If you’re looking to get a divorce in Japan then you can end your marriage by agreement, through mediation or through a judicial process. So, what are the grounds for divorce in Japan? How do you get a divorce? And what happens to your children and to your property when your marriage ends? Keep reading for answers to these questions and more in your complete guide to divorce in Japan.
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The divorce laws in Japan
There are four main types of divorce in Japan:
- Divorce by agreement
- Divorce by mediation
- Divorce by family court decision
- Divorce by district court judgement.
Divorce by agreement
The majority of divorces in Japan are settled by agreement (kyōgi rikon). Here, if you reach agreement with your spouse you can submit your divorce notification to the city hall and, as long as the documents have been properly signed and sealed, your divorce will be granted.
No court hearings or judgements are required.
Divorce by mediation
If you can’t reach an agreement with your spouse, then divorce by mediation in a family court (chōtei rikon) is an option.
Either of you can request mediation at the family court. A judge and two arbiters will help you to reach agreement about your divorce and, if you can agree, your divorce will be granted.
Divorce by family court decision
A much rarer option is divorce by decision of the family court (shimpan rikon). When divorce cannot be established through mediation (above), a judge will decide on your divorce based on a review of documents submitted by both spouses. There are very few cases that are dealt with in this way.
If you can agree on the divorce but not on associated aspects (for example, child support) then these issues can be submitted for adjudication. You must have to try and agree through mediation before you reach this stage.
Divorce by district court judgement
If you can’t agree through mediation or the family court, you can get a divorce by judgment of a district court (saiban rikon).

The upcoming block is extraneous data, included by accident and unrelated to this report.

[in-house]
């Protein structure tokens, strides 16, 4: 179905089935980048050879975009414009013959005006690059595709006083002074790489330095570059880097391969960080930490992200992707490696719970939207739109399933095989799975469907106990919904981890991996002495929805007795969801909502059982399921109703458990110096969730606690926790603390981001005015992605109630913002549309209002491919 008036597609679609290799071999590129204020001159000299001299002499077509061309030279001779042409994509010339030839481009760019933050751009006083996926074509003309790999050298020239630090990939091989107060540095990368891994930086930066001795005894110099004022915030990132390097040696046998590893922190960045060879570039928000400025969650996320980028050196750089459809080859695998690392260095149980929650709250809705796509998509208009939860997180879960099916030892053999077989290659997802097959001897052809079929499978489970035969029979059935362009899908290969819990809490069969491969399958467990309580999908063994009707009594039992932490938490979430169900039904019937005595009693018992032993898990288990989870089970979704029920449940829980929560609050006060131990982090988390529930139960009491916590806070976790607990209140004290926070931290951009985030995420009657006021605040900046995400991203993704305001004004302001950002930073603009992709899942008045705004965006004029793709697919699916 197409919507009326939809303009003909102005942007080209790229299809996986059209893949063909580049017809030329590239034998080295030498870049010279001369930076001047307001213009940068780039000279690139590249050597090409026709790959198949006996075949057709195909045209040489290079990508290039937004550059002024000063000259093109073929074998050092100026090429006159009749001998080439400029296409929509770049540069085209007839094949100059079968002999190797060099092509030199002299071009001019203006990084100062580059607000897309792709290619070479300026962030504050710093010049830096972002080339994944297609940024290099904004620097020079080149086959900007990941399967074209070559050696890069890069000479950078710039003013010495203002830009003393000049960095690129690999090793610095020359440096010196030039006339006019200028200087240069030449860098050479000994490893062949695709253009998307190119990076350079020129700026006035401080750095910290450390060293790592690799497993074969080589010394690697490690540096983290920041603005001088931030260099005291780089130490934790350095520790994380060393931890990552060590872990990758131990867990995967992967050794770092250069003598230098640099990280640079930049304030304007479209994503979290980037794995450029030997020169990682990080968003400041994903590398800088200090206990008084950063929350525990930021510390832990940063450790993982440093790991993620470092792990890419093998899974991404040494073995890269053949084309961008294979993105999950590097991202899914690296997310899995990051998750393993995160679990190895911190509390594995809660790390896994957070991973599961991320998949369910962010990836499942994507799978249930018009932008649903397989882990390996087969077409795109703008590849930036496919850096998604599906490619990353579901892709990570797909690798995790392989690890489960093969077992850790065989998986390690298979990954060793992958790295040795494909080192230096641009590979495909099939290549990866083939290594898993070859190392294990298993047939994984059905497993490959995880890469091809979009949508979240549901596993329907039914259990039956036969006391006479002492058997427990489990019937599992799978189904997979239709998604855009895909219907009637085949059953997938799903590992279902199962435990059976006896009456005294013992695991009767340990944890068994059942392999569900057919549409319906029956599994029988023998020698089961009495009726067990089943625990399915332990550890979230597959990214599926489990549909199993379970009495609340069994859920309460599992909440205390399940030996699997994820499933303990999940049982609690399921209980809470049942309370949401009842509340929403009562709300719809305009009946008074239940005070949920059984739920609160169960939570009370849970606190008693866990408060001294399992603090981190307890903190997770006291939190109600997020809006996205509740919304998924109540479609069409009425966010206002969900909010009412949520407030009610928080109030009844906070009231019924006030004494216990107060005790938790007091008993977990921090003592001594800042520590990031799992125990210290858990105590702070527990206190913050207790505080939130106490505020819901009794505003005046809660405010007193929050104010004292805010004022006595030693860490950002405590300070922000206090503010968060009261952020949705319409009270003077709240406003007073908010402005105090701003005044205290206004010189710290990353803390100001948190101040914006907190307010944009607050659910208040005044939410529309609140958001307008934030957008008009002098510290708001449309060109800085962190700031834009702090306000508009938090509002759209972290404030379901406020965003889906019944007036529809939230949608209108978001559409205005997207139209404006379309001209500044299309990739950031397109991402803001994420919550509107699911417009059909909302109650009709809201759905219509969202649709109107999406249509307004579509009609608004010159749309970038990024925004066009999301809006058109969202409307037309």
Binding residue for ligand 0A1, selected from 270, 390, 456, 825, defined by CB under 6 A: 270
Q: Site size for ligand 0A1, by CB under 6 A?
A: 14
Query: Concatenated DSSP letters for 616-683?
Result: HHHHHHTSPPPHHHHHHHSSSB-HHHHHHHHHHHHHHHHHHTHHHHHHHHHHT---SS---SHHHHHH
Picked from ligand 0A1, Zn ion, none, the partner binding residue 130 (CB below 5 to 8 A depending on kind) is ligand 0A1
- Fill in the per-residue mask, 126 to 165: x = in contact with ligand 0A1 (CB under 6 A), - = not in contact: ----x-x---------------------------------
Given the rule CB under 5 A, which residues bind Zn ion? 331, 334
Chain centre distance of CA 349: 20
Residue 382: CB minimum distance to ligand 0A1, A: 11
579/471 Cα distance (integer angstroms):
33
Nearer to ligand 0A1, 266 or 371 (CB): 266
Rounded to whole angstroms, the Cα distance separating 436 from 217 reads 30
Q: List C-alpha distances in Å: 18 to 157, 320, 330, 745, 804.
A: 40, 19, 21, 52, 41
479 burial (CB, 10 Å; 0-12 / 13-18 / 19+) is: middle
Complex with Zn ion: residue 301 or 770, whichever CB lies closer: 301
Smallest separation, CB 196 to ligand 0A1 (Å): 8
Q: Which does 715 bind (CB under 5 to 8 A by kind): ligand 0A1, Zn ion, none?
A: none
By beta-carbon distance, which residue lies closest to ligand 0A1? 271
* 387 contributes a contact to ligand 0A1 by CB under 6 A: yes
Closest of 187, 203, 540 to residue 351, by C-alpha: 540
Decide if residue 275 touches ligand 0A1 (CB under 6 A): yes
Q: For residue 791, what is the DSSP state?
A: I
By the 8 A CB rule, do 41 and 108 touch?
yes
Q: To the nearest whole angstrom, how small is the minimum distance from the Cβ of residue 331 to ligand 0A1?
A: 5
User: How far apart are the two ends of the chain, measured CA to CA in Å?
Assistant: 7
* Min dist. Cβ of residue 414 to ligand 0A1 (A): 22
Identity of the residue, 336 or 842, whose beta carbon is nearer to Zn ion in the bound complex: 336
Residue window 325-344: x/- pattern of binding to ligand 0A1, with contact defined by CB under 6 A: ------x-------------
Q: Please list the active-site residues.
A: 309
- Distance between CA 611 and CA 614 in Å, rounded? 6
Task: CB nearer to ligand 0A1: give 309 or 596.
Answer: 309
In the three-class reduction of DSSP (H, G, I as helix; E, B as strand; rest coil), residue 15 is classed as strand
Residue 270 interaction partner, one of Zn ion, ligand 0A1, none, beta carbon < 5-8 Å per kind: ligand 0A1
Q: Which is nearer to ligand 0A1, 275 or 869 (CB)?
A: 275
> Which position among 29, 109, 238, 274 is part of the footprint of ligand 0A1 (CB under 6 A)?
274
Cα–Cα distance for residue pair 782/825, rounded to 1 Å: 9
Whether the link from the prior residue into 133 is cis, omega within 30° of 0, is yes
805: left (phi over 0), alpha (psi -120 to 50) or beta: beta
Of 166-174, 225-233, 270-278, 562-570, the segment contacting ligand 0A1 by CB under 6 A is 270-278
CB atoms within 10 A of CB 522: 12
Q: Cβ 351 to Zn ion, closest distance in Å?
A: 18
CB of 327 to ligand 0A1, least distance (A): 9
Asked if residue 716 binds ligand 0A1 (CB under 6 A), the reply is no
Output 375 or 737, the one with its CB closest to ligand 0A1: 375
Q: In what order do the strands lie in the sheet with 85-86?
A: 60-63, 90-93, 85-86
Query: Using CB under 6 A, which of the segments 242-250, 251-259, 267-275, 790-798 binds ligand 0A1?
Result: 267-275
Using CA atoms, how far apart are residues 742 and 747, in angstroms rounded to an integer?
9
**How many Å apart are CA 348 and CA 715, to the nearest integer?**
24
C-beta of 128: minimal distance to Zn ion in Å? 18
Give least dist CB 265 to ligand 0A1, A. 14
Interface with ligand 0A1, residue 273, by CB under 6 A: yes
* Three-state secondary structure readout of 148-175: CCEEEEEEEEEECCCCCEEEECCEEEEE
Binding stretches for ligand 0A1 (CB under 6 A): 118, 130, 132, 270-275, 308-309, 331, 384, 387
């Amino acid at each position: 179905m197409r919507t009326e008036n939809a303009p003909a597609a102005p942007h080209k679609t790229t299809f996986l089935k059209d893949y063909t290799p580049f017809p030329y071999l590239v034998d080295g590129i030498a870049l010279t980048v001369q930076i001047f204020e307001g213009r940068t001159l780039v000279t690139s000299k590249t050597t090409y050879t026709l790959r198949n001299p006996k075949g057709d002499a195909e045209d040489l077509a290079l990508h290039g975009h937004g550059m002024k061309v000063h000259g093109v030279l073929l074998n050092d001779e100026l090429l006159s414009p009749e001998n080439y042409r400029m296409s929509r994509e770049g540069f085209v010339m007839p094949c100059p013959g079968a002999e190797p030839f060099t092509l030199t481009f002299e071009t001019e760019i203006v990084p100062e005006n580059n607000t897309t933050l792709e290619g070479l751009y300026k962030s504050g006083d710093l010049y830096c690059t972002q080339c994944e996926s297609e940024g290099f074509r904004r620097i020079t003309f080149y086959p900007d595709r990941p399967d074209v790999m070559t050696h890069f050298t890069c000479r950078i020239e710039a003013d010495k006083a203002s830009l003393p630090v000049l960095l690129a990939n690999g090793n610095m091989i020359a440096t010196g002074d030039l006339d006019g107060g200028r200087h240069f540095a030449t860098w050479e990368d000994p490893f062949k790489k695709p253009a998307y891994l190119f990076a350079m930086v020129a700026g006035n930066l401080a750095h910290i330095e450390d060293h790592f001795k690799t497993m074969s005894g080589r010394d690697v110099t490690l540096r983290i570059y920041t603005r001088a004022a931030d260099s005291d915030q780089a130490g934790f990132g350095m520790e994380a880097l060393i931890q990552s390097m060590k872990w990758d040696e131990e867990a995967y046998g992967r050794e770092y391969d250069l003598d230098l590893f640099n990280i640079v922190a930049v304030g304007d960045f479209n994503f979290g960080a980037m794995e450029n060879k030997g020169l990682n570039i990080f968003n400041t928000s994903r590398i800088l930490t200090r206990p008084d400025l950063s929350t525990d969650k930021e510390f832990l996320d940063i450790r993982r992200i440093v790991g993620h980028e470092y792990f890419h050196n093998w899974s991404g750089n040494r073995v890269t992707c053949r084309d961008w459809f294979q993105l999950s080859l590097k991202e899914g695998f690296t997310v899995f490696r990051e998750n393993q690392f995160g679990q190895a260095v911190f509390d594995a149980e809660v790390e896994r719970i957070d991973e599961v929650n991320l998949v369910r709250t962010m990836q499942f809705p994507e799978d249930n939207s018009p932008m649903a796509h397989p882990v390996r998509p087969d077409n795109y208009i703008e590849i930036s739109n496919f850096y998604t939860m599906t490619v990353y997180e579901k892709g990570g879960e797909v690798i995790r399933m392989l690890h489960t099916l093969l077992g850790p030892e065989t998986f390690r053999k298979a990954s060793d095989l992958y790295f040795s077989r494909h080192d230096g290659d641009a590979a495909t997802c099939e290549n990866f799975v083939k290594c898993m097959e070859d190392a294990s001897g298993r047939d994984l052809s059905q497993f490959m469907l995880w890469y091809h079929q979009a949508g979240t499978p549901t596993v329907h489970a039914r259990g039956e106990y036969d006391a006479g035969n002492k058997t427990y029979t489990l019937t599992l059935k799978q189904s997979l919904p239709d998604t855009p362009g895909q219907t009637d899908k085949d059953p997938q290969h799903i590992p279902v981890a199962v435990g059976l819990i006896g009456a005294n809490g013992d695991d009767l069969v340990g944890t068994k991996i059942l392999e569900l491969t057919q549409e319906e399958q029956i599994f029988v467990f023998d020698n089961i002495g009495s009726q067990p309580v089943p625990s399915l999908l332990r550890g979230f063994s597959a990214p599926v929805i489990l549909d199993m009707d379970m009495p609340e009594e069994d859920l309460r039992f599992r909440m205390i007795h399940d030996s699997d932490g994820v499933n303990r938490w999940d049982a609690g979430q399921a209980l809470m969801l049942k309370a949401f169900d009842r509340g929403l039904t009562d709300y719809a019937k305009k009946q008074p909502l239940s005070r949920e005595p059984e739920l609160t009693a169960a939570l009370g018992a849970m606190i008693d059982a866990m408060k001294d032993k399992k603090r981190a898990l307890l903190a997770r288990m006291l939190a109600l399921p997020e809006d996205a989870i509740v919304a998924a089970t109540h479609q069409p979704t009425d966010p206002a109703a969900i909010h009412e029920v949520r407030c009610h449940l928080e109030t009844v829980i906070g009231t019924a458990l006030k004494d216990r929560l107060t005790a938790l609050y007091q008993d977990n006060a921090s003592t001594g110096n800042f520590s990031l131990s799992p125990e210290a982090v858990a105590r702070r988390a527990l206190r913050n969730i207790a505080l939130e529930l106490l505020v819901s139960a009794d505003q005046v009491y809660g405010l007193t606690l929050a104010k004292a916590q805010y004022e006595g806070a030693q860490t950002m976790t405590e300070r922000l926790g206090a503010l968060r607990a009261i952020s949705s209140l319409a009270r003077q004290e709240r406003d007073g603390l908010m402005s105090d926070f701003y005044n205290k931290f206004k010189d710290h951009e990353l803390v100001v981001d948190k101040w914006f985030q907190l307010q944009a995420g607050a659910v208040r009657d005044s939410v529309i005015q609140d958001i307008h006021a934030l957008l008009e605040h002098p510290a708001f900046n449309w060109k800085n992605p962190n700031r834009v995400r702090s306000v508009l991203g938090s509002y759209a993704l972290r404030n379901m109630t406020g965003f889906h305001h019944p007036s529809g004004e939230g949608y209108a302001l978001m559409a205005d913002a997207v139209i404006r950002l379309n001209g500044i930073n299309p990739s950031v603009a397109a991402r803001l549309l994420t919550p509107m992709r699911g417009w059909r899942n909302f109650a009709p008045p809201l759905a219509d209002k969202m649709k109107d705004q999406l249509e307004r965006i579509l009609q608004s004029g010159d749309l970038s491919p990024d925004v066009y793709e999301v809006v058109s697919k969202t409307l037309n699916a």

Here, both spouses will submit evidence to the court and the judge will decide whether to grant the divorce.
What are the grounds for divorce in Japan?
If you cannot reach an agreement, the Japan Civil Code Article outlines five grounds for unilateral divorce:
- Malicious desertion
- Serious mental illness with no hope of recovery
- Uncertainty if the spouse is dead or alive for more than three years
- A ‘grave reason’ which means you cannot continue in the marriage.
Note that women wishing to remarry after divorce must wait a period of six months before doing so.
Child custody, contact and support after divorce in Japan
When you divorce, a family court will decide which parent retains ‘parental authority’ (shinken) over any child under the age of 20.
In Japan, ‘parental authority’ includes both legal and physical custody, and this can only be given to one parent on divorce. There is no ‘joint custody’ option available, and no way for divorced parents to both maintain parental authority.
If you can’t agree on parental authority, the court will decide. The overall welfare of your child is the guiding principle, although custody is generally awarded to the mother unless there is a specific reason to award custody to the father.